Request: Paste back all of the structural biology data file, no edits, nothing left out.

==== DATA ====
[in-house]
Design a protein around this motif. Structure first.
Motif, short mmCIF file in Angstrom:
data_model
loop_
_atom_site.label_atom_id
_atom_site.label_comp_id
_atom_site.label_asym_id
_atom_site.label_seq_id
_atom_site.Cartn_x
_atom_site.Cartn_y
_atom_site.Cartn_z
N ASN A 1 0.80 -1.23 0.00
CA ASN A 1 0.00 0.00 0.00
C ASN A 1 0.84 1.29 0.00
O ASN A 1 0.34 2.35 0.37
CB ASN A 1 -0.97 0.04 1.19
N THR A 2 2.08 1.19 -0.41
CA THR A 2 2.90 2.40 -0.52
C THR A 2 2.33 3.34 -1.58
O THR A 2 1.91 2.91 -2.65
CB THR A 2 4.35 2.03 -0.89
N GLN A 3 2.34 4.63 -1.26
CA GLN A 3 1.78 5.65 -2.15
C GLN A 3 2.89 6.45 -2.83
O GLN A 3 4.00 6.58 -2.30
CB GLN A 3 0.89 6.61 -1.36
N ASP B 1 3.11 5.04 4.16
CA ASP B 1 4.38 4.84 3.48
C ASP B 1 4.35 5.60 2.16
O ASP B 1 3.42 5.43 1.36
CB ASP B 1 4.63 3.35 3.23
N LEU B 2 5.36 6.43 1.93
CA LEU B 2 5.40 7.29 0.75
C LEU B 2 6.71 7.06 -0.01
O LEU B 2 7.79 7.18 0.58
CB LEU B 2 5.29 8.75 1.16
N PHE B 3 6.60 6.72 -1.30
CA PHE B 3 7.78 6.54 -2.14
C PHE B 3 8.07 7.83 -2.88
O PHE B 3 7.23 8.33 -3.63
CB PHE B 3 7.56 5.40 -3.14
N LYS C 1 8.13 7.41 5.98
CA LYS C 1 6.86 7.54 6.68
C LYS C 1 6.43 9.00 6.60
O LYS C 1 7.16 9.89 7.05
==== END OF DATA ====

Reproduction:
[in-house]
Design a protein around this motif. Structure first.
Motif, short mmCIF file in Angstrom:
data_model
loop_
_atom_site.label_atom_id
_atom_site.label_comp_id
_atom_site.label_asym_id
_atom_site.label_seq_id
_atom_site.Cartn_x
_atom_site.Cartn_y
_atom_site.Cartn_z
N ASN A 1 0.80 -1.23 0.00
CA ASN A 1 0.00 0.00 0.00
C ASN A 1 0.84 1.29 0.00
O ASN A 1 0.34 2.35 0.37
CB ASN A 1 -0.97 0.04 1.19
N THR A 2 2.08 1.19 -0.41
CA THR A 2 2.90 2.40 -0.52
C THR A 2 2.33 3.34 -1.58
O THR A 2 1.91 2.91 -2.65
CB THR A 2 4.35 2.03 -0.89
N GLN A 3 2.34 4.63 -1.26
CA GLN A 3 1.78 5.65 -2.15
C GLN A 3 2.89 6.45 -2.83
O GLN A 3 4.00 6.58 -2.30
CB GLN A 3 0.89 6.61 -1.36
N ASP B 1 3.11 5.04 4.16
CA ASP B 1 4.38 4.84 3.48
C ASP B 1 4.35 5.60 2.16
O ASP B 1 3.42 5.43 1.36
CB ASP B 1 4.63 3.35 3.23
N LEU B 2 5.36 6.43 1.93
CA LEU B 2 5.40 7.29 0.75
C LEU B 2 6.71 7.06 -0.01
O LEU B 2 7.79 7.18 0.58
CB LEU B 2 5.29 8.75 1.16
N PHE B 3 6.60 6.72 -1.30
CA PHE B 3 7.78 6.54 -2.14
C PHE B 3 8.07 7.83 -2.88
O PHE B 3 7.23 8.33 -3.63
CB PHE B 3 7.56 5.40 -3.14
N LYS C 1 8.13 7.41 5.98
CA LYS C 1 6.86 7.54 6.68
C LYS C 1 6.43 9.00 6.60
O LYS C 1 7.16 9.89 7.05